Parents sap games' spirit
The bread–and–butter of our sports section has always been our coverage of local and area high schools.
Because Iowa chooses to plays its prep baseball and softball in June and July, that gives us about 10 weeks out of the year when we have a respite from high school sports.
It gives a chance to rest, regroup and plan for what comes next.
It also gives us a respite from parents.
I've used this space before to talk about the conduct of parents at high school sporting events. Usually there are two reactions — you hit the nail on the head or you don't know what you're talking about.
The hit–the–nail–on–the–head people are the ones who face the brunt of this on a daily basis — the officials, who put in the time and the effort and are constantly berated by the know–it–leasts in the crowd, and the coaches, who work on a nightly basis wondering who they'll have to confront after the game because someone didn't get enough playing time.
The you–don't–know–what–you're–talking–abouts are the ones we actually are talking about.
To be fair, it is not just parents in southeast Iowa and western Illinois. One of the things I found at the Associated Press Sports Editors seminar I recently attended is that while the names are different, the voices are the same.
The voices are getting nastier every day, and they are sapping the spirit of the games that are being played.
The age of communication has improved so much, it has made it easier for people to express themselves, in most cases anonymously.
You can now leave voice mails without having to leave a name. You can get on Internet message boards without signing your name. You can now send e–mails without signing your name.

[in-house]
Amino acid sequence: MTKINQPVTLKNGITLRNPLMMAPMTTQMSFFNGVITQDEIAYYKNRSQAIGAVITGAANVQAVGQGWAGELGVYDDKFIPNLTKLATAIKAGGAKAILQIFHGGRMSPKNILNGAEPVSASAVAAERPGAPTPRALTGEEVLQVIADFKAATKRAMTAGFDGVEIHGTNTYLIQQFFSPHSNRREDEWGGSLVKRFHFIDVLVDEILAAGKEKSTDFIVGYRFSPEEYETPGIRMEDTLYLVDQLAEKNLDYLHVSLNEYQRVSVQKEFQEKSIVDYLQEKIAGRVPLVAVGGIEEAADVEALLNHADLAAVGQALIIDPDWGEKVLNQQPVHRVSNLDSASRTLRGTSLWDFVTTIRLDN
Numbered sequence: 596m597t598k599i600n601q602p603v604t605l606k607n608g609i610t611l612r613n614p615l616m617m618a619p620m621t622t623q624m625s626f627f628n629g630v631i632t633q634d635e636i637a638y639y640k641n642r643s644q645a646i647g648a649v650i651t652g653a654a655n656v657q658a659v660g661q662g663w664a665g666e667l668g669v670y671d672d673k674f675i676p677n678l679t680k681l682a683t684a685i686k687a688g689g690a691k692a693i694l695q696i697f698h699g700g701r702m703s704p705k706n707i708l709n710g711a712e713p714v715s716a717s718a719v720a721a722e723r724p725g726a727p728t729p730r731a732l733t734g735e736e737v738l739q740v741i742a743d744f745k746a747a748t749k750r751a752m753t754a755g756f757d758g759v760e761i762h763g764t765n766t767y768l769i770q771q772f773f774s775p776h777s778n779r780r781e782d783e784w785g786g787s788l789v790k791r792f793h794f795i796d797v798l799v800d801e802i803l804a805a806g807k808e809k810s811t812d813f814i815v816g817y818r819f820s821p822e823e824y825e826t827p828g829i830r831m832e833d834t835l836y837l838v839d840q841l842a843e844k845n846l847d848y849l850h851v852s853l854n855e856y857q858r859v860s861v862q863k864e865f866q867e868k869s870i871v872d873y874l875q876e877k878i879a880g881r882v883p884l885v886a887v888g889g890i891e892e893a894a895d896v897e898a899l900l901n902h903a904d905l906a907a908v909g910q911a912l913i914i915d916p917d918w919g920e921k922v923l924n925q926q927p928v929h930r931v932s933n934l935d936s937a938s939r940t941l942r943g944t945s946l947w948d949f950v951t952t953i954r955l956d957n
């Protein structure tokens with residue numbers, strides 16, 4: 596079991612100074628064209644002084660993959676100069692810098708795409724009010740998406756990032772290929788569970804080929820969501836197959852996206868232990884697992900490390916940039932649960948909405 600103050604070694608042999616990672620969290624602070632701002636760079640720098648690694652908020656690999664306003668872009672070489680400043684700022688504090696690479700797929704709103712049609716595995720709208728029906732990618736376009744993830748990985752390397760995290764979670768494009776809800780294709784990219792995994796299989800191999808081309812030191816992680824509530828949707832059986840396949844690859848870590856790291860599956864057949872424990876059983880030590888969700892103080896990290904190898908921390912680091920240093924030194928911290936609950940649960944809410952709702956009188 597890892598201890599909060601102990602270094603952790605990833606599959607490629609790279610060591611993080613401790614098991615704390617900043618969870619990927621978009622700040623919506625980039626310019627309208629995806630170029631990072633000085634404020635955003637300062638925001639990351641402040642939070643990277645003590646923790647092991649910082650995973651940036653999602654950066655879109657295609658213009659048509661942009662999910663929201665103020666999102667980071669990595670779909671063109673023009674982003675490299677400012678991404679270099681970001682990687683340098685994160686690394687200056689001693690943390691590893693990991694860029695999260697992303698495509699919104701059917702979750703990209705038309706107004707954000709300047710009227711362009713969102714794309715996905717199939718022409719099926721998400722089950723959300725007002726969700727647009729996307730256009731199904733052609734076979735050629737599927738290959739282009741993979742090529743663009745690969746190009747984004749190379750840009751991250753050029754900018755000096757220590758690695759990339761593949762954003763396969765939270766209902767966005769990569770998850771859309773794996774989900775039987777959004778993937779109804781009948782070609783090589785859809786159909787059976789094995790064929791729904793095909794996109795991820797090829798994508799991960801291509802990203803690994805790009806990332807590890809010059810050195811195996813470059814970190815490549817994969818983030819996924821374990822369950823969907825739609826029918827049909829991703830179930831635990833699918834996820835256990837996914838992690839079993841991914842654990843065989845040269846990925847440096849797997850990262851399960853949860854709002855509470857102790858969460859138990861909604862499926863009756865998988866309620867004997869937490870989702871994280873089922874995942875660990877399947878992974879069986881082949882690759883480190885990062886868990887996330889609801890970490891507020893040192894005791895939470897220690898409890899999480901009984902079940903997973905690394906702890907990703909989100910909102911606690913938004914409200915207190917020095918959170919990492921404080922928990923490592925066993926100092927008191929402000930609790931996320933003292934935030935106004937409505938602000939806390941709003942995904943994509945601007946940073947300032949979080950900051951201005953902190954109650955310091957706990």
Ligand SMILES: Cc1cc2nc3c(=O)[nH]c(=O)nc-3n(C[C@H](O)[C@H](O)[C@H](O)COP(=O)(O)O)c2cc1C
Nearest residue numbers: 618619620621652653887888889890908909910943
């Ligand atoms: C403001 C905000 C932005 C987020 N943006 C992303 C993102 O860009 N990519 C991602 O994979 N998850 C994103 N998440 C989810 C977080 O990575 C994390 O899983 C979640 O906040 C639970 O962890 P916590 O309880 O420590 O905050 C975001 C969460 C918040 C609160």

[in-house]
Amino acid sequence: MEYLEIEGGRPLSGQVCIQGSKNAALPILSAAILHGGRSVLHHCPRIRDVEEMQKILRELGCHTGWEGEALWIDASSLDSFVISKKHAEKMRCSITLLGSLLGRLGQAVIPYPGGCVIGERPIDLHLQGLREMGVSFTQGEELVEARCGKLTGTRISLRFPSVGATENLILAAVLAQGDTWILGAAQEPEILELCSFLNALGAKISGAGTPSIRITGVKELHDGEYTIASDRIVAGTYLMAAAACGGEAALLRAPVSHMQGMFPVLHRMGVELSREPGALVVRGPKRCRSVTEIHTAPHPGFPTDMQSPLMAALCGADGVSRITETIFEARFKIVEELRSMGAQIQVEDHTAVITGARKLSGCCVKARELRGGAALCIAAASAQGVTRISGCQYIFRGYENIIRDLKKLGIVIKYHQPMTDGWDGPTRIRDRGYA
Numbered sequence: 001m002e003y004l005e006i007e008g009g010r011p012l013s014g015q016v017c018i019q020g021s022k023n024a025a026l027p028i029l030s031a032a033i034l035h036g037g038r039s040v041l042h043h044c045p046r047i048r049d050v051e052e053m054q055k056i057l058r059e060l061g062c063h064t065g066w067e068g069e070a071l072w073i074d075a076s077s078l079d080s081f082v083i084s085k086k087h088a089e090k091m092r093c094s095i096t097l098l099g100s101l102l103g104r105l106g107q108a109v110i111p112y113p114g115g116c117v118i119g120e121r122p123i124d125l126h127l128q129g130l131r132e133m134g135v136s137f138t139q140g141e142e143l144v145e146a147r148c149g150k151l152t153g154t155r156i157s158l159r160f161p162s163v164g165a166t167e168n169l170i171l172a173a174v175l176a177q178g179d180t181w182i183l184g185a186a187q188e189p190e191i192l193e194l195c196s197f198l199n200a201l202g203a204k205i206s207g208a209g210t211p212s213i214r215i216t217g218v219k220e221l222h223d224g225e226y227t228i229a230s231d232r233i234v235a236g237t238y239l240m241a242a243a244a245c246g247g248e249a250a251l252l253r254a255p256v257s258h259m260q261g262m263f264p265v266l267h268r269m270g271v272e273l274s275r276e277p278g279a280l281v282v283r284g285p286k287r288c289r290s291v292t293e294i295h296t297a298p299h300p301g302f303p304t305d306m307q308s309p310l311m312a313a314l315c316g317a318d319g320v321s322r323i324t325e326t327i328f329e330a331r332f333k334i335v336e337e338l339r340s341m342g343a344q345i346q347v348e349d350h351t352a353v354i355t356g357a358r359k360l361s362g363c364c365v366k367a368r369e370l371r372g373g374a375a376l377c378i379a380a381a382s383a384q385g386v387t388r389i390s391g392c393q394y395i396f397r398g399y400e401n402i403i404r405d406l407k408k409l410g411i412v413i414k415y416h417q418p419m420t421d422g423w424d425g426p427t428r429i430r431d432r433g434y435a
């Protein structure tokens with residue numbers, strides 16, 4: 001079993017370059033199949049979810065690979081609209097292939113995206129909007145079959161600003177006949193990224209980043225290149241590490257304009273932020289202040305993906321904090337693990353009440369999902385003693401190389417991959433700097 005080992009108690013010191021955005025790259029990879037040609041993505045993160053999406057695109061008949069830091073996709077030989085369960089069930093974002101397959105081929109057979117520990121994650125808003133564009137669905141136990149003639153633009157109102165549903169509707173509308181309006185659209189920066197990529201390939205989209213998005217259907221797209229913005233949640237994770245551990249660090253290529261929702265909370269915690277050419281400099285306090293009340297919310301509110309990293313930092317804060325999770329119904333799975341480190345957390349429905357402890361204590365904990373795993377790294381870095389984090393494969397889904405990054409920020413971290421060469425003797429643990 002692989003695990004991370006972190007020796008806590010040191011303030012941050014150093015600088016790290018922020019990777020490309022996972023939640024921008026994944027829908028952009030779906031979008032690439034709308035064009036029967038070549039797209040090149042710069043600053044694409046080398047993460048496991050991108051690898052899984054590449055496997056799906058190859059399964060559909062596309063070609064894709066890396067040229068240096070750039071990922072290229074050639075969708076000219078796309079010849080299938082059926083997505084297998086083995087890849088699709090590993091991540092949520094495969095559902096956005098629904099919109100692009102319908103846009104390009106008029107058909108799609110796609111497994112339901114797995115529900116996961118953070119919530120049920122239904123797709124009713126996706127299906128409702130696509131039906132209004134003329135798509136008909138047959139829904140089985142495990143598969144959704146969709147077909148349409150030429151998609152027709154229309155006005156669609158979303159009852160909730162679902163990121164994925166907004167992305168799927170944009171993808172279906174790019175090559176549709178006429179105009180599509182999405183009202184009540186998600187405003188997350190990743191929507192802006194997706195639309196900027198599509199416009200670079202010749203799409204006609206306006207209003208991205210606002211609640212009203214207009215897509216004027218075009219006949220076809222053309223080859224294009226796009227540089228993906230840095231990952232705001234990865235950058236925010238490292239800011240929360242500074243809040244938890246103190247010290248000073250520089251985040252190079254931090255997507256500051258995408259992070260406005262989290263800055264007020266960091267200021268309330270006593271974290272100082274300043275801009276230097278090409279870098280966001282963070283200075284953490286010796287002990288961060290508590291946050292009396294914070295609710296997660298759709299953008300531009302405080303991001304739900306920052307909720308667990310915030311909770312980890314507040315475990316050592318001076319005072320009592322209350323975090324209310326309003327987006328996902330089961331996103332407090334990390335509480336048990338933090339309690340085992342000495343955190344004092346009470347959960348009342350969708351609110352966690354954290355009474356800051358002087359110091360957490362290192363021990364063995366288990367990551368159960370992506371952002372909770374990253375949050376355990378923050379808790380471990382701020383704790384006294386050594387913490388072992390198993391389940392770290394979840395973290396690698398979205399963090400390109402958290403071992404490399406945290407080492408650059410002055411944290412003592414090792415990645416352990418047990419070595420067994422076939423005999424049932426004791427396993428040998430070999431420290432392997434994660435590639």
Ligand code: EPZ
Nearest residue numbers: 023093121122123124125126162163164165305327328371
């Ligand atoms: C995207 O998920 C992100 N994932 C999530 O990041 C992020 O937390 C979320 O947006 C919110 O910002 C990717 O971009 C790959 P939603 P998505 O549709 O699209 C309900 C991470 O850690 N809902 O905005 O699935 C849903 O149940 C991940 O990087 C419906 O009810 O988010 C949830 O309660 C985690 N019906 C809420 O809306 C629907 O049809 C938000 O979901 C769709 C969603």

(Side note — my favorite e–mail this summer was from the mother who signed her message to me "A Parent." Smart enough to try to be anonymous, but dumb enough to forget that her name was listed on the e–mail as it popped up on my inbox.)
Our staffers — writers and photographers — have come back from several games this year telling of how, in the process of doing their job, some parent, or even grandparent, has sat nearby and said things about our newspaper loud enough for us to hear, but not directly to us. Or, they sit in the stands and badmouth the coach or an official.
Listening to such abuse, sadly, is common in jobs where what you do on a daily basis always seems to aggravate somebody.
But lately the abuse has gone beyond those in the media, those who coach and those who officiate.
Some of these comments go directly at the kids playing the games.
In the last few months, some of the e–mails we have received complaining about this or that have also contained negative comments about other teams. And, in some cases athletes, kids, from opposing teams.
It's sad that some parent feels the need to make insulting comments about a teenager. A kid who, if he or she wasn't wearing the uniform of an opposing team, would be someone that a parent could like or respect.
Actually, it's not sad, it's pathetic.
It used to be that the parents of the sports with the younger kids — Little League, soccer, softball, flag football — were the ones that got the bad rap.
Today, it is the negativity at the high school level that is especially distressing.
To be fair, we are speaking about the few and not the many.
But the number of the few is increasing, the number of the many is decreasing.
My hope is they don't switch roles.
That hope dwindles every day.
Reprinted with permission of the Hawk Eye sports editor (Bohnenkamp) July 26, 2004.